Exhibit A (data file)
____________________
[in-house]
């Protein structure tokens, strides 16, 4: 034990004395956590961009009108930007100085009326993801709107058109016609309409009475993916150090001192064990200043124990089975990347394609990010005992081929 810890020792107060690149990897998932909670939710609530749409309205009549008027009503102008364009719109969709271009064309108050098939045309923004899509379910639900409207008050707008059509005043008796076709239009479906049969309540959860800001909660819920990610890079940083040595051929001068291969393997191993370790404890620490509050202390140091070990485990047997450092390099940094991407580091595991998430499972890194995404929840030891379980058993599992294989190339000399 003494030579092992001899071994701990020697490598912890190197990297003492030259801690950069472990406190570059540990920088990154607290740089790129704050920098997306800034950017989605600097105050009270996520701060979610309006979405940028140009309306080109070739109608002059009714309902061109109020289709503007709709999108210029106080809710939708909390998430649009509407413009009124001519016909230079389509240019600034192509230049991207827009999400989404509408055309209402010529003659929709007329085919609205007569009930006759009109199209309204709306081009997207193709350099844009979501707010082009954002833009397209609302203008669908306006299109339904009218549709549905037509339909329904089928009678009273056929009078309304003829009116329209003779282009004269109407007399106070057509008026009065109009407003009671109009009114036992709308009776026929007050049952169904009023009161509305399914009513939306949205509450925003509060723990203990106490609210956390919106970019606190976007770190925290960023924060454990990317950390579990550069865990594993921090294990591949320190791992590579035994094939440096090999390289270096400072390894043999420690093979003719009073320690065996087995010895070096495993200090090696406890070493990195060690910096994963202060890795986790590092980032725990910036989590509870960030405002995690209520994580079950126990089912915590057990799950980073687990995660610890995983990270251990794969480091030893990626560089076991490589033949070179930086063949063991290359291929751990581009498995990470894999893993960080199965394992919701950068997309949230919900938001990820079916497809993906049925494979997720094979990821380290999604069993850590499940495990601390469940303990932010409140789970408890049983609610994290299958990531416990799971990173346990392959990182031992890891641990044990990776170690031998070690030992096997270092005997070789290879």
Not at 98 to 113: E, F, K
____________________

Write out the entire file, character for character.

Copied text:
[in-house]
């Protein structure tokens, strides 16, 4: 034990004395956590961009009108930007100085009326993801709107058109016609309409009475993916150090001192064990200043124990089975990347394609990010005992081929 810890020792107060690149990897998932909670939710609530749409309205009549008027009503102008364009719109969709271009064309108050098939045309923004899509379910639900409207008050707008059509005043008796076709239009479906049969309540959860800001909660819920990610890079940083040595051929001068291969393997191993370790404890620490509050202390140091070990485990047997450092390099940094991407580091595991998430499972890194995404929840030891379980058993599992294989190339000399 003494030579092992001899071994701990020697490598912890190197990297003492030259801690950069472990406190570059540990920088990154607290740089790129704050920098997306800034950017989605600097105050009270996520701060979610309006979405940028140009309306080109070739109608002059009714309902061109109020289709503007709709999108210029106080809710939708909390998430649009509407413009009124001519016909230079389509240019600034192509230049991207827009999400989404509408055309209402010529003659929709007329085919609205007569009930006759009109199209309204709306081009997207193709350099844009979501707010082009954002833009397209609302203008669908306006299109339904009218549709549905037509339909329904089928009678009273056929009078309304003829009116329209003779282009004269109407007399106070057509008026009065109009407003009671109009009114036992709308009776026929007050049952169904009023009161509305399914009513939306949205509450925003509060723990203990106490609210956390919106970019606190976007770190925290960023924060454990990317950390579990550069865990594993921090294990591949320190791992590579035994094939440096090999390289270096400072390894043999420690093979003719009073320690065996087995010895070096495993200090090696406890070493990195060690910096994963202060890795986790590092980032725990910036989590509870960030405002995690209520994580079950126990089912915590057990799950980073687990995660610890995983990270251990794969480091030893990626560089076991490589033949070179930086063949063991290359291929751990581009498995990470894999893993960080199965394992919701950068997309949230919900938001990820079916497809993906049925494979997720094979990821380290999604069993850590499940495990601390469940303990932010409140789970408890049983609610994290299958990531416990799971990173346990392959990182031992890891641990044990990776170690031998070690030992096997270092005997070789290879």
Not at 98 to 113: E, F, K